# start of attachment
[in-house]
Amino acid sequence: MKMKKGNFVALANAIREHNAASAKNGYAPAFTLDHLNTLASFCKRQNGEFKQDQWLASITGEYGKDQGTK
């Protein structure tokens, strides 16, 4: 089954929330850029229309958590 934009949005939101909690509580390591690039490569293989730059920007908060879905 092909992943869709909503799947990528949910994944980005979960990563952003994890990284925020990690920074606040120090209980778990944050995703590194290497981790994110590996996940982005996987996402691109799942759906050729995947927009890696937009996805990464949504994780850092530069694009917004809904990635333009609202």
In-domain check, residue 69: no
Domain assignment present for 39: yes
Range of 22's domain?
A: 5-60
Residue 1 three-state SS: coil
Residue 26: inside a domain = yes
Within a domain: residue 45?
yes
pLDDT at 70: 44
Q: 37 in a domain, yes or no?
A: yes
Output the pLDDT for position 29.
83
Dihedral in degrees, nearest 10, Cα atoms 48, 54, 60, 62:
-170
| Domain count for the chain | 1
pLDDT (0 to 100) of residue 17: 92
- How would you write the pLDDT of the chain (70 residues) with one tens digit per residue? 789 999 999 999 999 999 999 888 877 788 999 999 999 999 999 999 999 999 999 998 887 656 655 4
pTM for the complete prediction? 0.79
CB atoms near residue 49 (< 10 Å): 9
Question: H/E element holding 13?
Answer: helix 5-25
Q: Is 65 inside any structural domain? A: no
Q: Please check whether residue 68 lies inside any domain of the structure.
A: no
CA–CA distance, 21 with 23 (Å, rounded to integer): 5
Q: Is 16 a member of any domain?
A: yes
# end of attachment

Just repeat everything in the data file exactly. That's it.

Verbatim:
[in-house]
Amino acid sequence: MKMKKGNFVALANAIREHNAASAKNGYAPAFTLDHLNTLASFCKRQNGEFKQDQWLASITGEYGKDQGTK
């Protein structure tokens, strides 16, 4: 089954929330850029229309958590 934009949005939101909690509580390591690039490569293989730059920007908060879905 092909992943869709909503799947990528949910994944980005979960990563952003994890990284925020990690920074606040120090209980778990944050995703590194290497981790994110590996996940982005996987996402691109799942759906050729995947927009890696937009996805990464949504994780850092530069694009917004809904990635333009609202």
In-domain check, residue 69: no
Domain assignment present for 39: yes
Range of 22's domain?
A: 5-60
Residue 1 three-state SS: coil
Residue 26: inside a domain = yes
Within a domain: residue 45?
yes
pLDDT at 70: 44
Q: 37 in a domain, yes or no?
A: yes
Output the pLDDT for position 29.
83
Dihedral in degrees, nearest 10, Cα atoms 48, 54, 60, 62:
-170
| Domain count for the chain | 1
pLDDT (0 to 100) of residue 17: 92
- How would you write the pLDDT of the chain (70 residues) with one tens digit per residue? 789 999 999 999 999 999 999 888 877 788 999 999 999 999 999 999 999 999 999 998 887 656 655 4
pTM for the complete prediction? 0.79
CB atoms near residue 49 (< 10 Å): 9
Question: H/E element holding 13?
Answer: helix 5-25
Q: Is 65 inside any structural domain? A: no
Q: Please check whether residue 68 lies inside any domain of the structure.
A: no
CA–CA distance, 21 with 23 (Å, rounded to integer): 5
Q: Is 16 a member of any domain?
A: yes